Cheri Smith, executive director of The LeeShore Center, speaks about the center’s work and services at the Kenai Chamber of Commerce and Visitor Center in Kenai, Alaska, on Wednesday, June 5, 2024. (Jake Dye/Peninsula Clarion)

Cheri Smith, executive director of The LeeShore Center, speaks about the center’s work and services at the Kenai Chamber of Commerce and Visitor Center in Kenai, Alaska, on Wednesday, June 5, 2024. (Jake Dye/Peninsula Clarion)

LeeShore Center shares stats on domestic violence, gives update on community efforts

The agency aims to “promote healthy families in a violence-free community while providing a safe haven for victims of domestic violence and sexual assault”

At a Chamber of Commerce luncheon in Kenai on Wednesday, representatives of the LeeShore Center shared their perspective on the prevalence of domestic violence in the local community and information about the services and efforts they’re putting toward protecting victims and making a change in the community.

Cheri Smith, executive director of the LeeShore Center, said the agency has a nearly 40-year history and a stated mission “to promote healthy families in a violence-free community while providing a safe haven for victims of domestic violence and sexual assault.”

She illuminated the need for those services by saying that one in four women experience domestic violence, 50% of homicides are domestic violence related and one in 33 men have experienced attempted or completed rape. Alaska leads the nation in these stats, she said, with a rate of child sexual assault six times the national average.

“Those are hard numbers,” she said. “I don’t really think people realize the extent of what we face.”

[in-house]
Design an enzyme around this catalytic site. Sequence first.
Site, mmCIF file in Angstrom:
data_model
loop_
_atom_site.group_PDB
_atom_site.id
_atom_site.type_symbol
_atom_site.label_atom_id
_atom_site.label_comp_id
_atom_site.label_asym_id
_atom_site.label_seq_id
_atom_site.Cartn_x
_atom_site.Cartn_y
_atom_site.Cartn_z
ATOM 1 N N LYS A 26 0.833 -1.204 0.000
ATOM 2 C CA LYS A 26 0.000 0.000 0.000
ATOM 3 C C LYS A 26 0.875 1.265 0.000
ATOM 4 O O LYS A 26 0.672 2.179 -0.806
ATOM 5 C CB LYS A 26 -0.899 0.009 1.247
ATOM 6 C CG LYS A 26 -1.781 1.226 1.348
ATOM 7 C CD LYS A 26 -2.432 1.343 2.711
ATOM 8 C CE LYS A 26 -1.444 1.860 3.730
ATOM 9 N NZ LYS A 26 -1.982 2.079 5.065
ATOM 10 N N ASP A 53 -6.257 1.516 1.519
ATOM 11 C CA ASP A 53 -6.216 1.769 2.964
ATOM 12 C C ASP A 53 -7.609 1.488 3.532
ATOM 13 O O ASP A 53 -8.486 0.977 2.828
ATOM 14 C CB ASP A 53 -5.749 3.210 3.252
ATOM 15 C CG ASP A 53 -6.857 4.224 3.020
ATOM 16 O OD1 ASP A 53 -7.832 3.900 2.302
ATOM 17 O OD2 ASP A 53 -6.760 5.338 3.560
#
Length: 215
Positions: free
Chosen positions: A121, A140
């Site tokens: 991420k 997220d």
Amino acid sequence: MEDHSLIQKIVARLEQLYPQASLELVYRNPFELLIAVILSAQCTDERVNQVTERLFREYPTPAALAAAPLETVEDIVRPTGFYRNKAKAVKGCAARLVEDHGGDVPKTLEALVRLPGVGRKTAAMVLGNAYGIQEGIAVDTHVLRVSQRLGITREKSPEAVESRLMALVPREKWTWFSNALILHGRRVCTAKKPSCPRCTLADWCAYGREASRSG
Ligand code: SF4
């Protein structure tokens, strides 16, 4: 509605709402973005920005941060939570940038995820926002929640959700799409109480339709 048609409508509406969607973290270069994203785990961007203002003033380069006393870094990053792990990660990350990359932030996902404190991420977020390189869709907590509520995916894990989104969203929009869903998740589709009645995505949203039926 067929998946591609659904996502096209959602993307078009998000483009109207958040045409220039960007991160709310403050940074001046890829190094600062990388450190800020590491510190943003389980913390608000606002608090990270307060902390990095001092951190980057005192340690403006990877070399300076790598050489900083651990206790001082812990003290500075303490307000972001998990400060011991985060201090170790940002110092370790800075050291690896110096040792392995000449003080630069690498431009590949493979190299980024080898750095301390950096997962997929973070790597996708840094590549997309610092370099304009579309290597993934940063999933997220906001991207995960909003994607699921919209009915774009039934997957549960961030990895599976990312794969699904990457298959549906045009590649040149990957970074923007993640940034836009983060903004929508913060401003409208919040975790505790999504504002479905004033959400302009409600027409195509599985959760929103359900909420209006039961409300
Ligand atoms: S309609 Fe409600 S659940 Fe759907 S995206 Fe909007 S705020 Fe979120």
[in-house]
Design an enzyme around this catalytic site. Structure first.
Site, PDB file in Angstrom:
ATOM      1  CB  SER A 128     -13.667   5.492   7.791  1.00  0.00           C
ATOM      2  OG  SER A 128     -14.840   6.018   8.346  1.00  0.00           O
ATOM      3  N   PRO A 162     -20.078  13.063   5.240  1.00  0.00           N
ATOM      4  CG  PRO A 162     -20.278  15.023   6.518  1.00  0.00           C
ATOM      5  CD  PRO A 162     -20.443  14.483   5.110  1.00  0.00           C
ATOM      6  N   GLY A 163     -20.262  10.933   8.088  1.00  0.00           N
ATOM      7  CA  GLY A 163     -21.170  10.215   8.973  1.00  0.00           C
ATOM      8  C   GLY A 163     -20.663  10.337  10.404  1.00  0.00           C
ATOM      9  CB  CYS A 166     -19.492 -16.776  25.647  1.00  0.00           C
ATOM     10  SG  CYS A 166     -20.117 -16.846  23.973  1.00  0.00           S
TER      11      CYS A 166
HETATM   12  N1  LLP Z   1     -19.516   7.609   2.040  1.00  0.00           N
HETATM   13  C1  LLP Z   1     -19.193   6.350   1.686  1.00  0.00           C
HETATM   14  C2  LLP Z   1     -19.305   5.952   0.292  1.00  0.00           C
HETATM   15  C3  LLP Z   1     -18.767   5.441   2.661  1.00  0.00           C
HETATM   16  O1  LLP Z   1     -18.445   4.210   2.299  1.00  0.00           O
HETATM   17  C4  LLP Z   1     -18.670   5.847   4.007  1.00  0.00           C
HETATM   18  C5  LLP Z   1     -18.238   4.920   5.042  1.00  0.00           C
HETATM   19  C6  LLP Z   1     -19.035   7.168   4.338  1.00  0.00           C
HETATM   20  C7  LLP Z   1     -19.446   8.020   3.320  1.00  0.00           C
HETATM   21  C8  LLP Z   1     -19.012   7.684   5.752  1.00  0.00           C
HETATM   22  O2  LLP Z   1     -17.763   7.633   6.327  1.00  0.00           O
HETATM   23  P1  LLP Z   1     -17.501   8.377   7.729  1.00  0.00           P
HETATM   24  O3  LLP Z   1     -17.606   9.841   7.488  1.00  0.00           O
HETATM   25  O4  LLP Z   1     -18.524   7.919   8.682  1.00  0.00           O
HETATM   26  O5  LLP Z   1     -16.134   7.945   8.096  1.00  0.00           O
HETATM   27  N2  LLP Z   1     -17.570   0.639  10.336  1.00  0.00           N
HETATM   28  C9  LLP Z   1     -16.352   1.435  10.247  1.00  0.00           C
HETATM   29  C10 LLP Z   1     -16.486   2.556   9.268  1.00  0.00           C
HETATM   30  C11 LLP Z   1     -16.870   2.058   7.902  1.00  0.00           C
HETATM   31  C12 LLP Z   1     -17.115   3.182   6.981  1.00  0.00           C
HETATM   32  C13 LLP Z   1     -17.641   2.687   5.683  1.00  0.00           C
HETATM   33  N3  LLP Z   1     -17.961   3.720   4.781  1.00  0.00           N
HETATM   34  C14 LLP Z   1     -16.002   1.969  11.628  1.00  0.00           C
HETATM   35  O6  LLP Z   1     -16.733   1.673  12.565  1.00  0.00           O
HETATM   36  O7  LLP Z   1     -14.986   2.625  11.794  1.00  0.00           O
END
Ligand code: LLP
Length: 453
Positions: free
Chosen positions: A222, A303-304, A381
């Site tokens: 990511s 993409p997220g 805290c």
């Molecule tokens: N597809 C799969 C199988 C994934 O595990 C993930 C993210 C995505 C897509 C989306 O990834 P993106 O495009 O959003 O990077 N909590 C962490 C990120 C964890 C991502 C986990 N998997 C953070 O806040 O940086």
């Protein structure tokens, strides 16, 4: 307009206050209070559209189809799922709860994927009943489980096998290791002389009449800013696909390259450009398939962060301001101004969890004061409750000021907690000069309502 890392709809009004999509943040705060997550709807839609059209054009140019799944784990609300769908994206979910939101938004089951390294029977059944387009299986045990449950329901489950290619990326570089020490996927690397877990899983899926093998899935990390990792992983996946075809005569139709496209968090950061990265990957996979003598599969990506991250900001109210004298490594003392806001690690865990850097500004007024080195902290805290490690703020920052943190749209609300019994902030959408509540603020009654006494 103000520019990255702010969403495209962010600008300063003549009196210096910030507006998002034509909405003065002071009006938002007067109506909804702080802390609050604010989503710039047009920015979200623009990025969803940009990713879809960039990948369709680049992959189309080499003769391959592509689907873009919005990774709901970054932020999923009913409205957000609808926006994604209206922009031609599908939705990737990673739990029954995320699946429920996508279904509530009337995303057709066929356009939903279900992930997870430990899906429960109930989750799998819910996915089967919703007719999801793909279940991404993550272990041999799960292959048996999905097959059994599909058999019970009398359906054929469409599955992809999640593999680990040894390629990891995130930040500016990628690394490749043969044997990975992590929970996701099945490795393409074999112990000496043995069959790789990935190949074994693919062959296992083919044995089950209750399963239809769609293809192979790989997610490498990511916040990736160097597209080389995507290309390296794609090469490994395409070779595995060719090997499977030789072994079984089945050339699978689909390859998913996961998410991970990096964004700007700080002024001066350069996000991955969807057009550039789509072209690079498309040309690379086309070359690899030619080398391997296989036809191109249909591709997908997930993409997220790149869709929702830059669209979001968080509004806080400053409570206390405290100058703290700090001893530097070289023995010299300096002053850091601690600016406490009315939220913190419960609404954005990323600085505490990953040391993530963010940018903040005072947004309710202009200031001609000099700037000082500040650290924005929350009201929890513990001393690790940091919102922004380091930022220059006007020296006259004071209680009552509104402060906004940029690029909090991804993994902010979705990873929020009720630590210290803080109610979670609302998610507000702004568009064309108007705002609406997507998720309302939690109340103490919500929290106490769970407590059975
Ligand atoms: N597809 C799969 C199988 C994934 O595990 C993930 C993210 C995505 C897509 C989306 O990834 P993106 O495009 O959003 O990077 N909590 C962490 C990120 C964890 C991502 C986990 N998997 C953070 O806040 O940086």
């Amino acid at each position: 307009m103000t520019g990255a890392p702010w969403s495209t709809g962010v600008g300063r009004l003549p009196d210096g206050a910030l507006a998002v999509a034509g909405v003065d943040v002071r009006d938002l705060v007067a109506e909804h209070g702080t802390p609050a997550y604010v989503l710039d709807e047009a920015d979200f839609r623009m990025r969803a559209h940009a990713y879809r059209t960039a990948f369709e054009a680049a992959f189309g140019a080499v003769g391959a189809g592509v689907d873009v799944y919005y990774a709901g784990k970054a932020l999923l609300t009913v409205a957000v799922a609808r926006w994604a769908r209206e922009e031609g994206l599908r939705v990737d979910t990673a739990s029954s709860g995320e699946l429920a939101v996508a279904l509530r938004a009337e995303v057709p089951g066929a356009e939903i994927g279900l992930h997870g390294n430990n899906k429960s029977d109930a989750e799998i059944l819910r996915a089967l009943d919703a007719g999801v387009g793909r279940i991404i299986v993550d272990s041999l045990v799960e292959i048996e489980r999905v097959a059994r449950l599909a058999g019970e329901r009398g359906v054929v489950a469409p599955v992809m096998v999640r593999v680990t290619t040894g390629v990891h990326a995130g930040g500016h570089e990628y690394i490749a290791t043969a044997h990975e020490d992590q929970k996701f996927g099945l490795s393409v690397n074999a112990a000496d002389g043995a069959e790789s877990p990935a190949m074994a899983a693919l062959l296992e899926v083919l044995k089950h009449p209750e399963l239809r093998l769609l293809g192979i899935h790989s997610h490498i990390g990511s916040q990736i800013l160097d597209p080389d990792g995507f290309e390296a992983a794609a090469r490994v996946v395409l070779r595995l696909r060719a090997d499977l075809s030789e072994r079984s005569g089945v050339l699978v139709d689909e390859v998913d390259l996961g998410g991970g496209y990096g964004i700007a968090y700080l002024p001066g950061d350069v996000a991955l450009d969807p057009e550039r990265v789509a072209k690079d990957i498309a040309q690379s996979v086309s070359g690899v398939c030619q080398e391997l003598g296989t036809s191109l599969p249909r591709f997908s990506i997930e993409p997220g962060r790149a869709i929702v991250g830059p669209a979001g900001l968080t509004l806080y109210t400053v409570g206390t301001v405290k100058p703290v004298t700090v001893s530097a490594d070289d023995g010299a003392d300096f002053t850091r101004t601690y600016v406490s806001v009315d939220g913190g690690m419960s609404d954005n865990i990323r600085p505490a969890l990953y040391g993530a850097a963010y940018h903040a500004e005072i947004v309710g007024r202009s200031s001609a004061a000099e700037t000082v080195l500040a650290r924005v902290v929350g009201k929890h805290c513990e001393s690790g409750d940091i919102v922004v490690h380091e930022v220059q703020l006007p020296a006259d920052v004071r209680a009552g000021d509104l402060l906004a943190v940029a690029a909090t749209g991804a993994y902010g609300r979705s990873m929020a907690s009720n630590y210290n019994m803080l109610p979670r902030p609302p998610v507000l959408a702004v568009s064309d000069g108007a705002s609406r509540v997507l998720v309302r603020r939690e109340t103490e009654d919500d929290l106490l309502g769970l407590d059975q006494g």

The LeeShore Center, she said, which has 34 beds, recently expanded to better serve both men and women at the same time. They offer a variety of services like batterer’s intervention programming, a recently expanded prevention program, provide legal advocacy and teach in local schools.

In fiscal year 2023, Smith said the shelter served 104 residents for nearly 5,000 bednights. Their transitional housing had 40 residents for just over 3,000 bednights. An average stay at the shelter is between eight and 12 weeks.

They also answered 300 crisis calls, made nearly 11,000 safety check calls and provided legal advocacy for almost 1,000 people. The educational programming reached 3,000 local students across 150 presentations.

The number of people staying at the shelter continues to rise in the years since the center saw a massive decline during COVID-19, Smith said. That doesn’t mean that fewer people were experiencing abuse. Instead, victims were potentially trapped at home with their abuser at all times as people shifted to working from home.

In FY 2019, the shelter served 155. In FY 2021, they had fewer than 60. The most recent year with complete data, FY 2023, saw around 104, but Smith said the FY 2024 numbers, which conclude at the end of this month, have likely already surpassed 150.

A community survey done by the shelter had 150 respondents, Smith said, 90% of whom believe there is a problem with domestic violence in the local community — 88% believe there’s a problem with sexual assault.

For more information, find “The LeeShore Center” on Facebook or visit leeshoreak.org.

Reach reporter Jake Dye at jacob.dye@peninsulaclarion.com.

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